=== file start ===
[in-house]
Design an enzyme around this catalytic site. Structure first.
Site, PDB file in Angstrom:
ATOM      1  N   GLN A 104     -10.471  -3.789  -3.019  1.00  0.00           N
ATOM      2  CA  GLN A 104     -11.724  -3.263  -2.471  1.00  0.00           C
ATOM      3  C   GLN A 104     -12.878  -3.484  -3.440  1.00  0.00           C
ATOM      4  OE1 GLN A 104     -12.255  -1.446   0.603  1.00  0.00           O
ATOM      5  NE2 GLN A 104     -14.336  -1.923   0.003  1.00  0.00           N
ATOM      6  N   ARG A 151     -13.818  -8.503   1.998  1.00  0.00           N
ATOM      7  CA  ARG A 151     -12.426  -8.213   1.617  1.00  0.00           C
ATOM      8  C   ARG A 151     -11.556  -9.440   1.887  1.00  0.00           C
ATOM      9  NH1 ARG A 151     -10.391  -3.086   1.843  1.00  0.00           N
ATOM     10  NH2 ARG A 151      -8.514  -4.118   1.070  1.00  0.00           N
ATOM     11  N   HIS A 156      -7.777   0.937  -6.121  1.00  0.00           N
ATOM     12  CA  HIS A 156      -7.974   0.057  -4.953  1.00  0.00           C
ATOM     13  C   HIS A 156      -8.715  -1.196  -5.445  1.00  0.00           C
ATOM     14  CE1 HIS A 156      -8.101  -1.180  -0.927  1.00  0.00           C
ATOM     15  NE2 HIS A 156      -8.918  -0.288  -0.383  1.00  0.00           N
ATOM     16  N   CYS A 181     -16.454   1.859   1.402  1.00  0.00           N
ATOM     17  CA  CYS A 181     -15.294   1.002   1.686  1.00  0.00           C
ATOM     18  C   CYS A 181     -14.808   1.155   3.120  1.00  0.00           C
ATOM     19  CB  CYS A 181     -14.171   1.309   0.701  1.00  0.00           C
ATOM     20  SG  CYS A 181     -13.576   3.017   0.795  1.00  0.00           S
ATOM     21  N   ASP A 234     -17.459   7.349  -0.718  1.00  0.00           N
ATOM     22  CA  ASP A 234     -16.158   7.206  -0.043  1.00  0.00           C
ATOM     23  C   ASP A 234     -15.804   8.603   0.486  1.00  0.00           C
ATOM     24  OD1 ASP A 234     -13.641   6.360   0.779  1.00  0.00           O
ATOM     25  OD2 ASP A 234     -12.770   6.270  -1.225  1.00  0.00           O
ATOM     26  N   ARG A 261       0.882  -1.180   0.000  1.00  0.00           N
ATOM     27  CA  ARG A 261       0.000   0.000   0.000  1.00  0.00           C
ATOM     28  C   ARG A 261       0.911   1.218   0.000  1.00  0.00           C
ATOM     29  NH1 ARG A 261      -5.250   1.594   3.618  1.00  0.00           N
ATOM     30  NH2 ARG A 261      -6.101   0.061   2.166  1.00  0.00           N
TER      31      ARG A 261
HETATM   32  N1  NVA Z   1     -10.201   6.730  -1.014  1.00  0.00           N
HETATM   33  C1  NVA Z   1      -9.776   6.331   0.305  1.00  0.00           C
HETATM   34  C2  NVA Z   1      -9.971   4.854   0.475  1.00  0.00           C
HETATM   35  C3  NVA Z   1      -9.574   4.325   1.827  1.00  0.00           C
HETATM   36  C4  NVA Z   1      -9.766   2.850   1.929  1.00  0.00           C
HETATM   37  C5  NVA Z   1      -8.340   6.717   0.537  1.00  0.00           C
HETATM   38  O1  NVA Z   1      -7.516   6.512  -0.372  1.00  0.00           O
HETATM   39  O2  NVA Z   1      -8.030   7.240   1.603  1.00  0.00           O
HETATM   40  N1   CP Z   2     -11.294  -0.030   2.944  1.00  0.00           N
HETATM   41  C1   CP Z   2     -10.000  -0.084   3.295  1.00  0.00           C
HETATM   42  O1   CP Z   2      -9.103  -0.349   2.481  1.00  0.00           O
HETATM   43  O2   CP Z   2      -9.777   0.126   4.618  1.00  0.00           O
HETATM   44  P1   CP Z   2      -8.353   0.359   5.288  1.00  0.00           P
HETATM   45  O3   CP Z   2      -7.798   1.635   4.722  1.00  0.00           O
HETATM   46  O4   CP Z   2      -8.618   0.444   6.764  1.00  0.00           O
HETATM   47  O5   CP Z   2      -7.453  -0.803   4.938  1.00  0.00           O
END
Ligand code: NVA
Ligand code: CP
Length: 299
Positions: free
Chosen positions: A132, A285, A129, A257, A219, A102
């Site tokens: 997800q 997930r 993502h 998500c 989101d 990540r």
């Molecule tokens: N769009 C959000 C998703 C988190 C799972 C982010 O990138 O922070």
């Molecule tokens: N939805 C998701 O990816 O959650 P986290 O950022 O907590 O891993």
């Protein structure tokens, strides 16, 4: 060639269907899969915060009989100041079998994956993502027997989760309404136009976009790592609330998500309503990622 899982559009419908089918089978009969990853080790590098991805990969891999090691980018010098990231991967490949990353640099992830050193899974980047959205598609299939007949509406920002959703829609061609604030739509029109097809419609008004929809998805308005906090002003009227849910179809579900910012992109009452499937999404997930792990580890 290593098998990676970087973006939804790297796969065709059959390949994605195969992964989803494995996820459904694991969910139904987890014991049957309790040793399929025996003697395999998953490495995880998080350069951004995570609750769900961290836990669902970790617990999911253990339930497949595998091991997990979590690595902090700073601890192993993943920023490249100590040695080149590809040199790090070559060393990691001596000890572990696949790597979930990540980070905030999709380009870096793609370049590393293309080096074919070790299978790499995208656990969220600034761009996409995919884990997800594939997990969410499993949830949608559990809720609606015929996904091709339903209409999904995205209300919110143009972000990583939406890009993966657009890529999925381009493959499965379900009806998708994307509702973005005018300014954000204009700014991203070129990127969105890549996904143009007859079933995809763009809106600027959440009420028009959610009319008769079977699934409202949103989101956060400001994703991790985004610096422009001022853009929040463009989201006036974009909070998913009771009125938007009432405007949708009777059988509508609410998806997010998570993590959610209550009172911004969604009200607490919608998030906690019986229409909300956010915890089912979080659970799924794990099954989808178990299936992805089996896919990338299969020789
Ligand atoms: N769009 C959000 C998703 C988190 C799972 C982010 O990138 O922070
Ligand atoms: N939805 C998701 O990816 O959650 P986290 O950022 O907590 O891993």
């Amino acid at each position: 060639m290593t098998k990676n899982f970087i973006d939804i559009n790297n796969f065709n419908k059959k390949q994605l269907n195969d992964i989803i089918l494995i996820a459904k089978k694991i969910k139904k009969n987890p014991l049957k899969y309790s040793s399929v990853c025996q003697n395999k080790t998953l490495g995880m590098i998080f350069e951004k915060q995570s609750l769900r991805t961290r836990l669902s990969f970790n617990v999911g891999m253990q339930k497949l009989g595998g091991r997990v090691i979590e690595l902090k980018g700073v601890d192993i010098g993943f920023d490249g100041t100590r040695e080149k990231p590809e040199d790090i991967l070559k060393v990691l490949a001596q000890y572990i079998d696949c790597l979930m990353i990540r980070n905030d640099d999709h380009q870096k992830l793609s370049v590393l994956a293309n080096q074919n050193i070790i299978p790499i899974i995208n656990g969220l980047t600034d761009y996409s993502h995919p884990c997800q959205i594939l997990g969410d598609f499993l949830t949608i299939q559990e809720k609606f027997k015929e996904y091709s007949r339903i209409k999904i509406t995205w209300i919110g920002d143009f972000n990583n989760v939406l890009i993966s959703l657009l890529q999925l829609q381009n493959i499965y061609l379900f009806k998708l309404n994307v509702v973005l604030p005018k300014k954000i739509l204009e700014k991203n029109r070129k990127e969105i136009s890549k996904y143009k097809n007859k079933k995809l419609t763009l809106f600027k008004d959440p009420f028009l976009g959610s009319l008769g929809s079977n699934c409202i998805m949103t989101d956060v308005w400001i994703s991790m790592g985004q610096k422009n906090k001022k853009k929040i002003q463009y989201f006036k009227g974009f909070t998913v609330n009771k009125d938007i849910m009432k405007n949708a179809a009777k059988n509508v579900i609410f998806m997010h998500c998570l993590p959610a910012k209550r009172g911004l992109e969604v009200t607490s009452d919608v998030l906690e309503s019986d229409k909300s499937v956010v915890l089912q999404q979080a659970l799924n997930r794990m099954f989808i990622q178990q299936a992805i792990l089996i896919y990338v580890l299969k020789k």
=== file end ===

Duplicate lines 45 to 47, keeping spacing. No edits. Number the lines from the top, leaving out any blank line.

HETATM   42  O1   CP Z   2      -9.103  -0.349   2.481  1.00  0.00           O
HETATM   43  O2   CP Z   2      -9.777   0.126   4.618  1.00  0.00           O
HETATM   44  P1   CP Z   2      -8.353   0.359   5.288  1.00  0.00           P